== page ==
Quan-Smith syndrome


Quan-Smith syndrome

Description:

Associated with VACTERL syndrome. Alternative Name: VATER association.

VACTERL is an acronym for Vertebral, Anal, Cardiac, Tracheal, Esophageal, Renal,

and Limb.

Abnormalities of vertebrae, anus, cardiovascular tree, trachea, esophagus, renal system, and limb buds reportedly associated with administration of sex steroids during early pregnancy. A constellation of vertebral defects, anal atresia, tracheoesophageal fistula with esophageal atresia, and renal and radial anomalies, associated with Fanconi anemia.

V - Vertebrae problems like abnormally formed vertebrae, hemivertebrae, and extra ribs.

A - Anal Anomalies and sometimes rectum problem like, there is no opening where the anus should be called an imperforate anus.

T - Trachea problems, like tracheal esophageal fistula.

E - Esophagus problems like esophageal atresia.

R - Radius (lower arm bone) or renal problems, like larger lower arm bone is abnormally formed, or a thumb is missing, or abnormally formed kidney.

About seventy percent of children will be born with anomalies of their vertebral column. Most are benign, but they can contribute to other problems. Some vertebral issues that are common are hemivertebrae (half formed vertebrae), butterfly shaped vertebrae, fused vertebrae, missing vertebrae, tethered spinal cord, Chiari Malformation and scoliosis. For most children these anomalies cause few issues early in life, but scoliosis may become more significant later on.

Up to 75 percent of patients with VACTERL association have been reported to have congenital heart disease. The most common heart defects seen with VACTERL association are ventricular septal defect (VSD), atrial septal defects (ASD), and tetralogy of Fallot.

Fanconi anemia is a very rare, recessive genetic disorder. If both parents carry a defect (mutation) in the same FA gene, each of their children has a 25% chance of inheriting the defective gene from both parents. When this happens, the child will have FA.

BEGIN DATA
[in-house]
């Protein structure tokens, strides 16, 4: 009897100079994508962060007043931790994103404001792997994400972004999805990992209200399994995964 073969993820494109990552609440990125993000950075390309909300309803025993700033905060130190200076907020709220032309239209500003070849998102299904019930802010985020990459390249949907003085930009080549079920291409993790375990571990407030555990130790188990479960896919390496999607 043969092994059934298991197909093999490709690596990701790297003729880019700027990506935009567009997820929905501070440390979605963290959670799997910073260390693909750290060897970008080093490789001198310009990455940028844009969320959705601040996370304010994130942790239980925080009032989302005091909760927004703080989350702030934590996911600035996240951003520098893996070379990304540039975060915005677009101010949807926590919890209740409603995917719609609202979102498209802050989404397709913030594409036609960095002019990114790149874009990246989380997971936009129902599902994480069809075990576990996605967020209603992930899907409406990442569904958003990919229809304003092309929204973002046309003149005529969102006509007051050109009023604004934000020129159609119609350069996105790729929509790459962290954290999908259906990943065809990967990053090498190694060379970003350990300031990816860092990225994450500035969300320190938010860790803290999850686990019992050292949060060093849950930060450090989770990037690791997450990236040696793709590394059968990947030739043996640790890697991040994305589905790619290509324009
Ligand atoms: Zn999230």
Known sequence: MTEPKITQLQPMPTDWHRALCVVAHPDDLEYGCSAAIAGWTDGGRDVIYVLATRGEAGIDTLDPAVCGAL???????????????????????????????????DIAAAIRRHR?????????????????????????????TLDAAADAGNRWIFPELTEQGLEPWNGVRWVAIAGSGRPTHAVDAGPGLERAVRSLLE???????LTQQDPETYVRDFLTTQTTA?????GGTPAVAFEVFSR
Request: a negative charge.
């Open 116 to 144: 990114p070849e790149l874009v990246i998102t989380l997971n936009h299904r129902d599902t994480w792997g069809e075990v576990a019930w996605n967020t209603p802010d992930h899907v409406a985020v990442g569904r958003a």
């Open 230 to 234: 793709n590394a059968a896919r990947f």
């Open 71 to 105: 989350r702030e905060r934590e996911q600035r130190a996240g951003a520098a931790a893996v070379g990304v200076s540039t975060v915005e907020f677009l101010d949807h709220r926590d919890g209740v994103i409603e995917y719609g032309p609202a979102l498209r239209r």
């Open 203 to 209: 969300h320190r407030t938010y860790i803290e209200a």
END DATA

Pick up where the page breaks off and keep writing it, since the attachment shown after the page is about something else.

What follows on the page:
Fanconi anemia is an inherited type of anemia that leads to bone marrow failure. Though considered primarily a blood disease, FA may affect all systems of the body. It is a complex and chronic disorder that is psychologically demanding. FA is also a cancer-prone disease, affecting patients decades earlier than the general population.

Imperforate anus is the absence of a normal anal opening. The diagnosis is usually made shortly after birth by a routine physical examination. Imperforate anus occurs in about 1 in 5000 births and its cause is unknown.

Renal or kidney defects are seen in approximately 50 percent of patients with VACTERL association. In addition, up to 35 percent of patients with VACTERL association have a single umbilical artery (there are usually two) which can often be associated with kidney or urologic problems. These defects can be severe with incomplete formation of one or both kidneys or urologic abnormalities such as obstruction of outflow of urine from the kidneys or severe reflux (backflow) of urine into the kidneys from the bladder. These problems can cause kidney failure early in life and may require kidney transplant. Many of these problems can be corrected surgically before any damage can occur.

Limb defects occur in up to 70 percent of babies with VACTERL association and include absent or displaced thumbs, extra digits (polydactyly), fusion of digits (syndactyly) and forearm defects. Babies with limb defects on both sides tend to have kidney or urologic defects on both sides, while babies with limb defects on only one side of the body tend to have kidney problems on that same side.

No specific genetic or chromosome problem has been identified with VACTERL association. VACTERL can be seen with some chromosomal defects such as Trisomy 18 and is more frequently seen in babies of diabetic mothers.

Treatment:

Treatments will differ from child to child since children with VACTERL are all very unique, resulting in different health problems. The number of surgeries varies widely among children born with VACTERL. Some can have as few as three surgeries to fix defects, while others have as many as 60 or more, depending on the extent of the defects. While the defects of VACTERL never go away, through surgery, treatment, and acceptance they become more manageable. VACTERL is not consistent from child to child, and there never is a constant with ongoing surgeries and treatments.

DISCLAIMER: This information should not substitute for seeking responsible, professional medical care.

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